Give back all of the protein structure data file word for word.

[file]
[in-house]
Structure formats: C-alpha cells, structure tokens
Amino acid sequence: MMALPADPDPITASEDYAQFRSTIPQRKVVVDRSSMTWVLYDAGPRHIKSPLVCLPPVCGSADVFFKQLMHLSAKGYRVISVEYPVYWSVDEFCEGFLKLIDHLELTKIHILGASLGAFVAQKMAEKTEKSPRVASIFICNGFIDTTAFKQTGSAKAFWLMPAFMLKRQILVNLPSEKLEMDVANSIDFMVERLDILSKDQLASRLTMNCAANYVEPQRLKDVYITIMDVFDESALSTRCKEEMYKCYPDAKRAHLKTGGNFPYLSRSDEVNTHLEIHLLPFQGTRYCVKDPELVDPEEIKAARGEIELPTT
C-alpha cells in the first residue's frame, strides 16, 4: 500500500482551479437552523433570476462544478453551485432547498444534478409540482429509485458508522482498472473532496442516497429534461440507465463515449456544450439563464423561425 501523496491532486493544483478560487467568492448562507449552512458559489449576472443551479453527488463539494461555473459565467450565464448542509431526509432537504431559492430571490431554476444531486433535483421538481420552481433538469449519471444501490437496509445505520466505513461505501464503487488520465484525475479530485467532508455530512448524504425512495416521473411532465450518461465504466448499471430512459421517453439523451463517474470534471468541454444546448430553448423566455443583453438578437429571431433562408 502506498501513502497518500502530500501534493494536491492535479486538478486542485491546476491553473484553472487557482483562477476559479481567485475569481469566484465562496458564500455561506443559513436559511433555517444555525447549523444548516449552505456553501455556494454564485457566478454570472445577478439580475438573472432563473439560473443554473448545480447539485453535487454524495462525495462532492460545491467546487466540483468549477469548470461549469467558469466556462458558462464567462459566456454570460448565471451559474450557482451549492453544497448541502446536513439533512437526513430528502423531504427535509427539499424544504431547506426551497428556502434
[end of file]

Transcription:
[in-house]
Structure formats: C-alpha cells, structure tokens
Amino acid sequence: MMALPADPDPITASEDYAQFRSTIPQRKVVVDRSSMTWVLYDAGPRHIKSPLVCLPPVCGSADVFFKQLMHLSAKGYRVISVEYPVYWSVDEFCEGFLKLIDHLELTKIHILGASLGAFVAQKMAEKTEKSPRVASIFICNGFIDTTAFKQTGSAKAFWLMPAFMLKRQILVNLPSEKLEMDVANSIDFMVERLDILSKDQLASRLTMNCAANYVEPQRLKDVYITIMDVFDESALSTRCKEEMYKCYPDAKRAHLKTGGNFPYLSRSDEVNTHLEIHLLPFQGTRYCVKDPELVDPEEIKAARGEIELPTT
C-alpha cells in the first residue's frame, strides 16, 4: 500500500482551479437552523433570476462544478453551485432547498444534478409540482429509485458508522482498472473532496442516497429534461440507465463515449456544450439563464423561425 501523496491532486493544483478560487467568492448562507449552512458559489449576472443551479453527488463539494461555473459565467450565464448542509431526509432537504431559492430571490431554476444531486433535483421538481420552481433538469449519471444501490437496509445505520466505513461505501464503487488520465484525475479530485467532508455530512448524504425512495416521473411532465450518461465504466448499471430512459421517453439523451463517474470534471468541454444546448430553448423566455443583453438578437429571431433562408 502506498501513502497518500502530500501534493494536491492535479486538478486542485491546476491553473484553472487557482483562477476559479481567485475569481469566484465562496458564500455561506443559513436559511433555517444555525447549523444548516449552505456553501455556494454564485457566478454570472445577478439580475438573472432563473439560473443554473448545480447539485453535487454524495462525495462532492460545491467546487466540483468549477469548470461549469467558469466556462458558462464567462459566456454570460448565471451559474450557482451549492453544497448541502446536513439533512437526513430528502423531504427535509427539499424544504431547506426551497428556502434